The Power of Two-way Communication


Dr. Susan Kuczmarski, Ed.D.

Everyone has to work together to keep a team’s bond healthy, but this is easier said than done. It requires constant open communication with ample compassion. If you are down on somebody because you are not happy with that person’s performance, and you don’t talk with them about it, then you get stuck in a toxic environment. When the communication is strong, the bond becomes stronger. If even one team member gets left out or doesn’t participate for whatever reason, the bond is impacted. To prevent this from happening, team members must learn to talk deeply and reach out. When they do, strengthened relationships and deepened bonds emerge.

Learning how to talk to one another is the single most important thing we can do to create a strong team. Imagine what a team environment would be like if there was no talking. This happens most often in strict teams where members are afraid to say anything, so they remain silent. Communication gaps exist in most teams, and communication that is honest and respectful can be rare. Yelling—the worst form of communication—should of course be forbidden. Healthy teams are built through frequent, careful two-way communication.

The Energy of Openness

Talk can be a powerful tool from day one. How leaders talk tells a colleague how they feel about him or her. Their statements affect both self-esteem and self-worth. To a large extent, their language determines a team member’s destiny. It’s important that talk be unrestricted. Team members often feel safer when conversation falls within familiar territory, but deep, open and uncomfortable talk is better for growth and strengthening bonds between team members. Don’t miss out on this powerful way to get closer. It can be very nourishing. Initiate new topics. Dream out loud. Explore different subjects. All things are helped immensely by talking openly.

Learning how to talk deeply creates a rare and wonderful energy. Close and healthy teams are built through frequent, honest two-way conversation with one another and lots of it. Cultivate the ability to talk about everything. Teach every team member the value of totally open communication. Don’t restrict the boundaries of conversation. Let team members know it’s okay to grow individually in different areas and directions. Be open, direct and deep. As leaders, we must help foster and continue the dialogue. Describe problems, give information, encourage discussion and don’t forget to model how it should be done. Fully express your own thoughts, feelings, needs and expectations. This includes sharing flaws. Talk about everything. Share past experiences and what was learned from them; it will inspire team members to share theirs.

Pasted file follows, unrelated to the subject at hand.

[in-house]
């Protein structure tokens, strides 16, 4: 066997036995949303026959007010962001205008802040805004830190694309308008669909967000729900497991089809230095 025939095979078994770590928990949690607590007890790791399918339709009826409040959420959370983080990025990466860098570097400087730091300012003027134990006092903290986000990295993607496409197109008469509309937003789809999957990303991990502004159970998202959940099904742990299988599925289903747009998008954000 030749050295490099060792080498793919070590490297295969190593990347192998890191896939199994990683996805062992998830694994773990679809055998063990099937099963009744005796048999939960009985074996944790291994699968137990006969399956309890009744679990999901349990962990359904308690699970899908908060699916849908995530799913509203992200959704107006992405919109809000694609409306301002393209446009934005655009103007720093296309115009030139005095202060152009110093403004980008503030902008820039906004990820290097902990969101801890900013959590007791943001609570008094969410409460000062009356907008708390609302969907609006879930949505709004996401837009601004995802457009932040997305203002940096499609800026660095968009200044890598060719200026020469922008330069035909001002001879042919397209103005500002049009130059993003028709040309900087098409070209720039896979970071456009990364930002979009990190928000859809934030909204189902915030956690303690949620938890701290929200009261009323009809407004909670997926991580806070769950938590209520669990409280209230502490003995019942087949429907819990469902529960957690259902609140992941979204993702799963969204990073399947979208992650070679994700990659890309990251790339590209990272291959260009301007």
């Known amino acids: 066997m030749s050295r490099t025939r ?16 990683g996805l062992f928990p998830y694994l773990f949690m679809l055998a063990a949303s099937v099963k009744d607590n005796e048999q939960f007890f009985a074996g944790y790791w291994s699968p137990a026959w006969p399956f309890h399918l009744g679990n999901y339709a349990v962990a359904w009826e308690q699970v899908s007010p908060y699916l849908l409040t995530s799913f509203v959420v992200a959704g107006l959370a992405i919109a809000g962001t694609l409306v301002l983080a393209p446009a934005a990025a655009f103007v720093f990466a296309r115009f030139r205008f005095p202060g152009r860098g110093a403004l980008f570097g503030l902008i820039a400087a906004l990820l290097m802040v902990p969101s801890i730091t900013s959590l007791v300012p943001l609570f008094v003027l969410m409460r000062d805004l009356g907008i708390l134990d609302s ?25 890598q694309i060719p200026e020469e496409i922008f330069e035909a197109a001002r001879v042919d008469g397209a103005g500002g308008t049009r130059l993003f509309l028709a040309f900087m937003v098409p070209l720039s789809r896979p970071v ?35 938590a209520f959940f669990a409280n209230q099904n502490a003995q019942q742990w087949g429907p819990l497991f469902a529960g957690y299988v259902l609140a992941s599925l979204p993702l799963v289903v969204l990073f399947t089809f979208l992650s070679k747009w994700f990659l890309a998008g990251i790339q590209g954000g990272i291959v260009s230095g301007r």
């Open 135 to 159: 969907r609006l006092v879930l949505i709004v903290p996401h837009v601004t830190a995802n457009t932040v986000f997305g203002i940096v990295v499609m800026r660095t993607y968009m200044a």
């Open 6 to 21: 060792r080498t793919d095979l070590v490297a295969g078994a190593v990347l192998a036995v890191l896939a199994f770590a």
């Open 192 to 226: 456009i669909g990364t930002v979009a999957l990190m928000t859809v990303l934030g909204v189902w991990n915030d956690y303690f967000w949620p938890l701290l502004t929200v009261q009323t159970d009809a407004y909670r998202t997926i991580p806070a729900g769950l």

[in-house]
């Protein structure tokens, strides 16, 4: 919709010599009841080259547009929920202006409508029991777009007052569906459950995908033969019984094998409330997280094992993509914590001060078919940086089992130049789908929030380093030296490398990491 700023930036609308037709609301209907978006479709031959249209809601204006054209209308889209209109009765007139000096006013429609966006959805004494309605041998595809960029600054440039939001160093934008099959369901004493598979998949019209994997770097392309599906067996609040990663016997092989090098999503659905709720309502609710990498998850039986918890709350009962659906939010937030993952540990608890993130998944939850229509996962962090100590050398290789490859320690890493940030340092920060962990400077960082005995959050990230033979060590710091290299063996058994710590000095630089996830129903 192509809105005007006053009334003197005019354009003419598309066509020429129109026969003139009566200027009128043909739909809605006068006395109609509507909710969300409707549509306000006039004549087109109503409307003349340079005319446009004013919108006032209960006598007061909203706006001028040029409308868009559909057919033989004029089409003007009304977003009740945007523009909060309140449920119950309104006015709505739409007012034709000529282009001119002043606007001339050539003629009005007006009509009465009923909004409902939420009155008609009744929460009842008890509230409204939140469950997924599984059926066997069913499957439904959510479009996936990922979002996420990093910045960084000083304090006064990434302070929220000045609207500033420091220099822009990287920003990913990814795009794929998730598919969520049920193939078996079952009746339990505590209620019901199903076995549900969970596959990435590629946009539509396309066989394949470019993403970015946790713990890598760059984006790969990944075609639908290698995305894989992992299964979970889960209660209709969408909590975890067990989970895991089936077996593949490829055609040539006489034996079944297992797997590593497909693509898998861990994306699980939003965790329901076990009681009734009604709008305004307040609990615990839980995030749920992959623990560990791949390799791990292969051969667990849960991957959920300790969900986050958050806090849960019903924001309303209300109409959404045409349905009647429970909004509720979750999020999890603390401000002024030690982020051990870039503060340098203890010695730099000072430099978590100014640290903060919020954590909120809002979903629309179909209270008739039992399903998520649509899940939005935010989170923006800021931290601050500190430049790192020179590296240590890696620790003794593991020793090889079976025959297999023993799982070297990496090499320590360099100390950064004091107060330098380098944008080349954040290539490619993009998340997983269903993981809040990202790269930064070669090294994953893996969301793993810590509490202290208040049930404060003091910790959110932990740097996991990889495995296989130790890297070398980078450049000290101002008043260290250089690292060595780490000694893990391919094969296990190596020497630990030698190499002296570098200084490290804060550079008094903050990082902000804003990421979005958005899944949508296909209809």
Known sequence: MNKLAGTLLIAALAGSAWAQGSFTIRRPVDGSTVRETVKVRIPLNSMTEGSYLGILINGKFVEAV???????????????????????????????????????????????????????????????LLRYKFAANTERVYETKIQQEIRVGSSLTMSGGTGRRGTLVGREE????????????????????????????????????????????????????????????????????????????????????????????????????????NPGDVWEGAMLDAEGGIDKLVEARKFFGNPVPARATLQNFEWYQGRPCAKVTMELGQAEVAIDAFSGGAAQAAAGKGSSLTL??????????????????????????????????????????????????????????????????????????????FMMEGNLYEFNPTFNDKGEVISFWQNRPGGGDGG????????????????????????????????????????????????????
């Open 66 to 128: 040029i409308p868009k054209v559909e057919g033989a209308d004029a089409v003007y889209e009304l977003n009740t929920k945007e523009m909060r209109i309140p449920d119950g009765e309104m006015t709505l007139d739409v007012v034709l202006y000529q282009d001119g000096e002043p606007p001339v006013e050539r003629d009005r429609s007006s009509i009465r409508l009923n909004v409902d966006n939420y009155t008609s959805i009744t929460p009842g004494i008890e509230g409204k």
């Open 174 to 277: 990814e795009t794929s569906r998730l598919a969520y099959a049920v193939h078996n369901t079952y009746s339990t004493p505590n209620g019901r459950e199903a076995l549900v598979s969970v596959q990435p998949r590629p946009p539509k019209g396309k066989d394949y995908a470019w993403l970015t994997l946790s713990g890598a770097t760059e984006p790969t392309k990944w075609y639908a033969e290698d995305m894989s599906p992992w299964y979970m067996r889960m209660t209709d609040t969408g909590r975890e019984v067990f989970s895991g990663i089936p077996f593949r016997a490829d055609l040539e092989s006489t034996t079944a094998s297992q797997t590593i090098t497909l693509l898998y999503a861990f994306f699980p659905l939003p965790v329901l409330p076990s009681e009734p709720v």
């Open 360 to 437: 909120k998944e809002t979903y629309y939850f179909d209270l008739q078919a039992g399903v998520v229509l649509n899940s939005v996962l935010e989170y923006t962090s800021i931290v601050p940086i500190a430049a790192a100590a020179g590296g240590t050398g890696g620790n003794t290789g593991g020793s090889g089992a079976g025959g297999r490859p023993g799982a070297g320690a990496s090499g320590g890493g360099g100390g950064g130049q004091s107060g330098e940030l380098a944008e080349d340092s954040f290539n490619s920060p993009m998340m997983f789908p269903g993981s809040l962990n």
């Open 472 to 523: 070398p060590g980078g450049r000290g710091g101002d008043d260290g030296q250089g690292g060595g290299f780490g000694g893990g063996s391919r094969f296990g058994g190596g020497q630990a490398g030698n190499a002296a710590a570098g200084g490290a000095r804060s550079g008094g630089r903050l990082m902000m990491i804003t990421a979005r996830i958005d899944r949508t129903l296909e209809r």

Encourage your team members to engage in this open talking on a regular basis. Establish a ritual where all team members openly talk about the most meaningful—or discouraging—professional part of their workday or week. This may be about an event with a client, a team project frustration or a creative idea—anything that has special professional  importance. Happy as well as difficult work experiences can be shared during this time. If done consistently it will have a powerful impact on your team’s interpersonal relationships.

About the Author: Dr. Susan Kuczmarski, Ed.D, speaks on the topic of leadership and innovation around the world. She is the author of six books, including Lifting People Up: The Power of Recognition, and Apples Are Square: Thinking Differently About Leadership, which was selected by Fast Company Magazine as a “Best Business Book” and received a “Book of the Year” award from Foreword Magazine. For the past 12 years she has been a Guest Lecturer in the executive education program at Northwestern University’s Kellogg School. currently teaching in the “Leading and Sustaining A Culture of Innovation” program. She is the co-founder of Kuczmarski Innovation, which provides thought–leadership and research on innovation, culture, management, teams, and values. 


Leave a Comment